Ahead of the 2023 general elections, Bauchi state Governor Bala Mohammed has said the country needed a honest, virile, visionary and capable leadership to tackle the myriad of challenges bedevilling the nation.
Governor Mohammed spoke Tuesday during the public presentation of “Scents of Power,” written by a celebrated columnist, Dr. Amanze Obi, at the Shehu Musa Yar’ Adua Centre Abuja.
The governor, who lauded the author for his literary interventions on national issues, lamented that “as we reach the twilight of this administration, it is clear that as a nation, we are at a crossroads.
“Yet, as the senseless bloodshed continues to dominate our lives, our fight is on more than a single bloody frontline. Rather, and as I shall outline to you today, there are three fronts on which we must wage a war on behalf of our beloved nation: On national survival, on national security and on nation-building itself.
“I posit that, away from the prevailing destructive zero-sum politics of exclusion and alienation that has brought out the worst in all of us and threatens the very fabric of our existence, we must return to the politics of accommodation and shared values, as the only way to build the future we desire for our children.”
On national survival, national security and nation-building, he said: “Nigeria is in trouble; nobody can deny this fact. The morphology, geography and architecture of national crises and insecurity are huge, overwhelming and mind-boggling. How we got to this sorry state of affairs is indeed critical but more important is identifying and building the consensus to resolve the complex security threats facing the nation.”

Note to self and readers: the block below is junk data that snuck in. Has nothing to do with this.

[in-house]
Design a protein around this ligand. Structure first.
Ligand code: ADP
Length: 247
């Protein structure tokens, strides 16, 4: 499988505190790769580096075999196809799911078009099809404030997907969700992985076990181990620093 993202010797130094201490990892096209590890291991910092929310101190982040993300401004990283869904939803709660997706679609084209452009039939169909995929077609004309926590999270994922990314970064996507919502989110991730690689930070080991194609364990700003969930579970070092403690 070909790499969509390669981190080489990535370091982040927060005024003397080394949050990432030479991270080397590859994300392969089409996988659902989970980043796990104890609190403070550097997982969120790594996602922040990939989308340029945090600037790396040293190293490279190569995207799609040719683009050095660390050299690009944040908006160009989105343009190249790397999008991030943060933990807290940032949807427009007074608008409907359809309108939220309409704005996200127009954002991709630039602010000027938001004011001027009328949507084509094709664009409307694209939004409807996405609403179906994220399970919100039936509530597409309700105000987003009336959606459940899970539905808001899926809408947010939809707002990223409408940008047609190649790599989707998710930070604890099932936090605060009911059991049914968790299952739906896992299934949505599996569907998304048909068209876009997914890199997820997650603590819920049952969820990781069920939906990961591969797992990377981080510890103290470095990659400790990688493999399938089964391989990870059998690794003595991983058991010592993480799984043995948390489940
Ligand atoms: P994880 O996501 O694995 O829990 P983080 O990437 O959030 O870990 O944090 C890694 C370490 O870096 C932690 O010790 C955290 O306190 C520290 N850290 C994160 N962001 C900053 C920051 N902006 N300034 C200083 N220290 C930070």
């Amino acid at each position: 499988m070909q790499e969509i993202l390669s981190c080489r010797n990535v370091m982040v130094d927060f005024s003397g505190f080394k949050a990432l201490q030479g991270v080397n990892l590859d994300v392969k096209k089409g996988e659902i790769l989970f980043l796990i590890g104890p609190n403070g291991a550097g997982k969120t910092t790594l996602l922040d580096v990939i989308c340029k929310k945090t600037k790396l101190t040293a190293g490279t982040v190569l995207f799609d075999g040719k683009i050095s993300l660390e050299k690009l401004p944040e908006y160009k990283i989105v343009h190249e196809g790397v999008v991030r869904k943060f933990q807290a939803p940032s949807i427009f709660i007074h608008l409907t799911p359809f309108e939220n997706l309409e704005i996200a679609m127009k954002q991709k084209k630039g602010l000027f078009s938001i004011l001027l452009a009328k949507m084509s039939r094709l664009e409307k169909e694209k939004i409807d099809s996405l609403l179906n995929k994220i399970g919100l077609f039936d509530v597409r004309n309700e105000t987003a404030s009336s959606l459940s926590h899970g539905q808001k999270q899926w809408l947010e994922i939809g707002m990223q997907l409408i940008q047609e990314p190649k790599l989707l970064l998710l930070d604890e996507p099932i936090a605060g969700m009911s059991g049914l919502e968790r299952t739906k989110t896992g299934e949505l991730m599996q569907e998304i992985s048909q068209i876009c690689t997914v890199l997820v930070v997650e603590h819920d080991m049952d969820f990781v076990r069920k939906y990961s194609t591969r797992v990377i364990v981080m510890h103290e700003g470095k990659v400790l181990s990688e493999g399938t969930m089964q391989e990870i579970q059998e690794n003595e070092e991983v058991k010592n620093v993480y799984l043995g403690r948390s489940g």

The former FCT minister said, “from bloody farmer clashes, cattle rustling and armed attacks by militant herdsmen to kidnappings, abductions, cult wars and urban criminal gangs, our people have faced unimaginable horror and suffering. Quite simply, national insecurity is bleeding the nation to death.
“The key to tackling the scourge of national insecurity – the biggest impediment to nation-building, national development and inclusive growth – is understanding what works and applying it. This means not only addressing the symptoms of violence, but also its root and cause.”
“We require a national dialogue with all national stakeholders to build mutual trust, eliminate suspicion, separate organic conflicts from contrived conflicts and reach a common settlement on what works to reduce violence, killings and national instability. Only then can we implement a systematic approach to redressing the core issues amidst the grief and chaos.
“While the violence itself has brought great suffering, it is the delayed and lacklustre response that has elicited the most unbridled anger. As a way out, the need to develop a national early warning centre and parallel mechanisms with which to coordinate strategies at the national, zonal, State, LGA and community levels are essential desiderata for eliminating the unwholesome scenario whereby our people are left to fend for themselves, he said.